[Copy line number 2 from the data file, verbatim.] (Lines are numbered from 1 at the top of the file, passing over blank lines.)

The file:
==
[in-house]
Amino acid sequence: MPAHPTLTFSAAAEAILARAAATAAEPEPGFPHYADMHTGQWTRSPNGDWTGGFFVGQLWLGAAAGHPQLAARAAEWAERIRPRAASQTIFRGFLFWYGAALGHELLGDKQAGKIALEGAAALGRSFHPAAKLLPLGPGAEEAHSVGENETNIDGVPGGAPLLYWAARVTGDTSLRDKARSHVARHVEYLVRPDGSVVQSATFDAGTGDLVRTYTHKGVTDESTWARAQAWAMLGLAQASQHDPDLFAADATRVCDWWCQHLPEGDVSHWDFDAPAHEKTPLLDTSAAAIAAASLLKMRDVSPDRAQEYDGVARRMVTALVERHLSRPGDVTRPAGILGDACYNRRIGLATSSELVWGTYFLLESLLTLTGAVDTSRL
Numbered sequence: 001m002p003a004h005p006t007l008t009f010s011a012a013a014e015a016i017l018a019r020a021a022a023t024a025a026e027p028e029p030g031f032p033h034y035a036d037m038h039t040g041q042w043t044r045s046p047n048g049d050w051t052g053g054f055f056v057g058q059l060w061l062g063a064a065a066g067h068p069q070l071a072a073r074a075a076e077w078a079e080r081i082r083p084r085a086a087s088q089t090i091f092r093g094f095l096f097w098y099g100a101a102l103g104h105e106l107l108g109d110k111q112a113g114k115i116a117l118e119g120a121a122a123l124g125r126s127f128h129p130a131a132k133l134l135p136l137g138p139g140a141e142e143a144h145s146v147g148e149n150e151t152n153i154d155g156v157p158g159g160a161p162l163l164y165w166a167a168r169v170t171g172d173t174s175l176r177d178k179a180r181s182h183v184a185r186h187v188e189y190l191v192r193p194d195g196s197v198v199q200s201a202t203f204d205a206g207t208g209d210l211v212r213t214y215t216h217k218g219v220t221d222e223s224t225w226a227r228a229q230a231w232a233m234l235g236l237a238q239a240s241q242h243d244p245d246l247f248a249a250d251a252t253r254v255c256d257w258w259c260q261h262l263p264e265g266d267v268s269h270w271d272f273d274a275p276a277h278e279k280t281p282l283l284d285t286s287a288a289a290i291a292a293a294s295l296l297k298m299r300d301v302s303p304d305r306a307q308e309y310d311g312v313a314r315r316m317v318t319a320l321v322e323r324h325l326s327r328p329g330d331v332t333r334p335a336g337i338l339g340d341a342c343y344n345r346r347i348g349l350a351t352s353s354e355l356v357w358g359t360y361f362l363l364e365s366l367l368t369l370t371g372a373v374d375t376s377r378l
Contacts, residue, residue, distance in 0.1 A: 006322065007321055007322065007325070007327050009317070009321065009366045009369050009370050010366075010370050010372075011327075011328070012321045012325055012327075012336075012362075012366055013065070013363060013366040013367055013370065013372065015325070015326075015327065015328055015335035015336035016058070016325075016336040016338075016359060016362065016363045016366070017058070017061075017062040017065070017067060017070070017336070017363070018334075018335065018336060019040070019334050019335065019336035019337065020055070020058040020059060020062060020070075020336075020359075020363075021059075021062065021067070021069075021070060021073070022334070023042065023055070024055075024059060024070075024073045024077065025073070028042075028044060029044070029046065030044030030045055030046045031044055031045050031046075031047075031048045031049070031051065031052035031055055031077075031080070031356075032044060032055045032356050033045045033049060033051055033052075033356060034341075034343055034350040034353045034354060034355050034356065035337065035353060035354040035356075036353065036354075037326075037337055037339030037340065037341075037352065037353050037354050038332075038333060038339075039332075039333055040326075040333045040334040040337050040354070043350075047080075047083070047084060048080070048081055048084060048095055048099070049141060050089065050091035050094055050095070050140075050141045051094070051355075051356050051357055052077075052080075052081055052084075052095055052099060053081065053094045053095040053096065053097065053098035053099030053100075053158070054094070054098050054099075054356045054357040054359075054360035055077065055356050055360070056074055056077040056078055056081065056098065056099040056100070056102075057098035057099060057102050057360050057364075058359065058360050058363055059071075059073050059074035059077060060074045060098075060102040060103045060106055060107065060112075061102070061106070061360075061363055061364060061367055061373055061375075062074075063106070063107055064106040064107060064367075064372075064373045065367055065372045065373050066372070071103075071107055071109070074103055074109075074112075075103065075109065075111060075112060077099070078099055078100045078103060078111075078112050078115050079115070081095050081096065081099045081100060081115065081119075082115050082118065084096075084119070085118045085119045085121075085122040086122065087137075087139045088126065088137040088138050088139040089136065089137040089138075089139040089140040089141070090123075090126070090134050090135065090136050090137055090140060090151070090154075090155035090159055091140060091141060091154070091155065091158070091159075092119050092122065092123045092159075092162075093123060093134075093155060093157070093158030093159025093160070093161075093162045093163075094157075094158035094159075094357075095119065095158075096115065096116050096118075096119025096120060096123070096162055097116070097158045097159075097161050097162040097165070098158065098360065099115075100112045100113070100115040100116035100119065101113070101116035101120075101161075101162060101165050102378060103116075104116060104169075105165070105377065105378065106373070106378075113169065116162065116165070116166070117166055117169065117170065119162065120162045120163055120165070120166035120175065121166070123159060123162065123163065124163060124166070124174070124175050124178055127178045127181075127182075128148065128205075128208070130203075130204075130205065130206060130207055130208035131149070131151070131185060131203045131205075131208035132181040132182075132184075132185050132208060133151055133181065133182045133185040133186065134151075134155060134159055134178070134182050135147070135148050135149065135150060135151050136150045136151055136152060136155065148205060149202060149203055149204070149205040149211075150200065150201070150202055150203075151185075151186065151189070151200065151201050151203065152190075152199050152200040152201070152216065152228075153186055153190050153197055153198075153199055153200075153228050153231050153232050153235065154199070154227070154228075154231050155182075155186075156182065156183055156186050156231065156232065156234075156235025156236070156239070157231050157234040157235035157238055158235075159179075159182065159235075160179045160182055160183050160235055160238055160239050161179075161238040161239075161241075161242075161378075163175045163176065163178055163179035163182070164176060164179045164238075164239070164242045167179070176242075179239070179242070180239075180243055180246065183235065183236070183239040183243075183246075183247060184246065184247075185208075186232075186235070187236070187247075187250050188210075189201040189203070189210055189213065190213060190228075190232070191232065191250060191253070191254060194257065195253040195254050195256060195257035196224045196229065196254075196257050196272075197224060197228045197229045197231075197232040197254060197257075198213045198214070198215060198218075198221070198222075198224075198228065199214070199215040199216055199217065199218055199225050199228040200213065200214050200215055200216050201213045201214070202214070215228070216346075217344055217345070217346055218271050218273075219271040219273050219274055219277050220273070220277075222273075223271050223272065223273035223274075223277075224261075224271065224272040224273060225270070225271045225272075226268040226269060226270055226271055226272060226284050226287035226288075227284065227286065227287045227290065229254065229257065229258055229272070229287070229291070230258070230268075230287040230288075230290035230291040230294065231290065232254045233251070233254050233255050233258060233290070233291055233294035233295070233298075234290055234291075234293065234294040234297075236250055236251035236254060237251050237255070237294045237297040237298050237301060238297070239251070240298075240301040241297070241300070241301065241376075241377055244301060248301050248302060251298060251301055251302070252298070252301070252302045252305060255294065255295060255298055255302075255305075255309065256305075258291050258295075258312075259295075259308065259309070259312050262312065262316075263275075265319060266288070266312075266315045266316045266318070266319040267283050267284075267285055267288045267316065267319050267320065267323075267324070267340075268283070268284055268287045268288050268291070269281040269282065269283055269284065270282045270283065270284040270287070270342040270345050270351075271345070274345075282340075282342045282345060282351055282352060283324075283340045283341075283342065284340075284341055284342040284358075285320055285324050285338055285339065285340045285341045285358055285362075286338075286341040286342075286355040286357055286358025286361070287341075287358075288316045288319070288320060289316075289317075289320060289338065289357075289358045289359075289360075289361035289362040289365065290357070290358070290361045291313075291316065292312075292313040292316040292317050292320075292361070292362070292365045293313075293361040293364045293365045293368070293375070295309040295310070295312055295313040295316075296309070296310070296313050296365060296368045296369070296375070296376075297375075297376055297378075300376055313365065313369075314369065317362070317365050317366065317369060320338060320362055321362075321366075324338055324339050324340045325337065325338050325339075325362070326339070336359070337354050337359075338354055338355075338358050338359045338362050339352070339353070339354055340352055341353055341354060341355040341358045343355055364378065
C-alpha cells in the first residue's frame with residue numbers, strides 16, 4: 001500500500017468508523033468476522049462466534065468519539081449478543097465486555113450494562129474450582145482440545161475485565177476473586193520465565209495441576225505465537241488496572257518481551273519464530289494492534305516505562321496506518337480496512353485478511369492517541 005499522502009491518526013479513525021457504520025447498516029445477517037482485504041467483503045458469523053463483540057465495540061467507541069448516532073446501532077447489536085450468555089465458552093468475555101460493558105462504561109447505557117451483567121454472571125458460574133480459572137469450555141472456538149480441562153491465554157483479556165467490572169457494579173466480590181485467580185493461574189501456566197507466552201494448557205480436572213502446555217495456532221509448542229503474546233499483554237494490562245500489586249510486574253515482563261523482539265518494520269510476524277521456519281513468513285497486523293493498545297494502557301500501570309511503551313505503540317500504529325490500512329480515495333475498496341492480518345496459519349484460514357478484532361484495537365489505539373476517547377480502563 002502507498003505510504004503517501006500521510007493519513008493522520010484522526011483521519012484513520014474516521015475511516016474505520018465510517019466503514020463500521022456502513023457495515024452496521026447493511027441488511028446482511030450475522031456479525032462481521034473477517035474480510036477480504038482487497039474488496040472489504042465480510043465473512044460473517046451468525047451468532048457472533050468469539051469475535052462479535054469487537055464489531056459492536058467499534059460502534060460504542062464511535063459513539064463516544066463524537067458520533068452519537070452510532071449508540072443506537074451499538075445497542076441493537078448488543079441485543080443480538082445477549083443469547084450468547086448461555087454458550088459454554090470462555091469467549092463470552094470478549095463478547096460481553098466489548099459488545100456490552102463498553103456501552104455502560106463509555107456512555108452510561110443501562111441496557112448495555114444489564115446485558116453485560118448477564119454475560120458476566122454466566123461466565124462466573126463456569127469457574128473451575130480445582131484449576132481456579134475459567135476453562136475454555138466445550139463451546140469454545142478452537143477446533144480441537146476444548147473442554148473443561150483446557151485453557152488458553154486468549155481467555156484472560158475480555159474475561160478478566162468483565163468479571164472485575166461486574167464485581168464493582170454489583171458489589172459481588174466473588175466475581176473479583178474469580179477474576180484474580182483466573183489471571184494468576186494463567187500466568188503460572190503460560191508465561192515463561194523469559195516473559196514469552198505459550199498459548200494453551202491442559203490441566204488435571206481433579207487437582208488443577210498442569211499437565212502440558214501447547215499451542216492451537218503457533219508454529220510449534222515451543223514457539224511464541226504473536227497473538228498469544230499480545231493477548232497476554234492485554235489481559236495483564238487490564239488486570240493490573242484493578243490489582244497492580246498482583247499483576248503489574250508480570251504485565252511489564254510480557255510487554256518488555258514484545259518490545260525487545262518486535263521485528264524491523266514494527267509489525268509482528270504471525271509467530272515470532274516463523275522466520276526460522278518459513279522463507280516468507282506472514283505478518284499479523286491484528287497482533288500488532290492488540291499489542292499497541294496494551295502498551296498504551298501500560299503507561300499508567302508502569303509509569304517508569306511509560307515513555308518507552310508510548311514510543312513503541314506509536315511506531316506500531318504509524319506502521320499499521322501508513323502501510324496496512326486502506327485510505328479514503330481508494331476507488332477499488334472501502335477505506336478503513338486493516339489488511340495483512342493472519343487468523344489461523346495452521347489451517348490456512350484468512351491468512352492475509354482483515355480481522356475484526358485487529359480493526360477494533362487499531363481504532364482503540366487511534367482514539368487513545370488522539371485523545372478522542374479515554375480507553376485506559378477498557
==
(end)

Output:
Amino acid sequence: MPAHPTLTFSAAAEAILARAAATAAEPEPGFPHYADMHTGQWTRSPNGDWTGGFFVGQLWLGAAAGHPQLAARAAEWAERIRPRAASQTIFRGFLFWYGAALGHELLGDKQAGKIALEGAAALGRSFHPAAKLLPLGPGAEEAHSVGENETNIDGVPGGAPLLYWAARVTGDTSLRDKARSHVARHVEYLVRPDGSVVQSATFDAGTGDLVRTYTHKGVTDESTWARAQAWAMLGLAQASQHDPDLFAADATRVCDWWCQHLPEGDVSHWDFDAPAHEKTPLLDTSAAAIAAASLLKMRDVSPDRAQEYDGVARRMVTALVERHLSRPGDVTRPAGILGDACYNRRIGLATSSELVWGTYFLLESLLTLTGAVDTSRL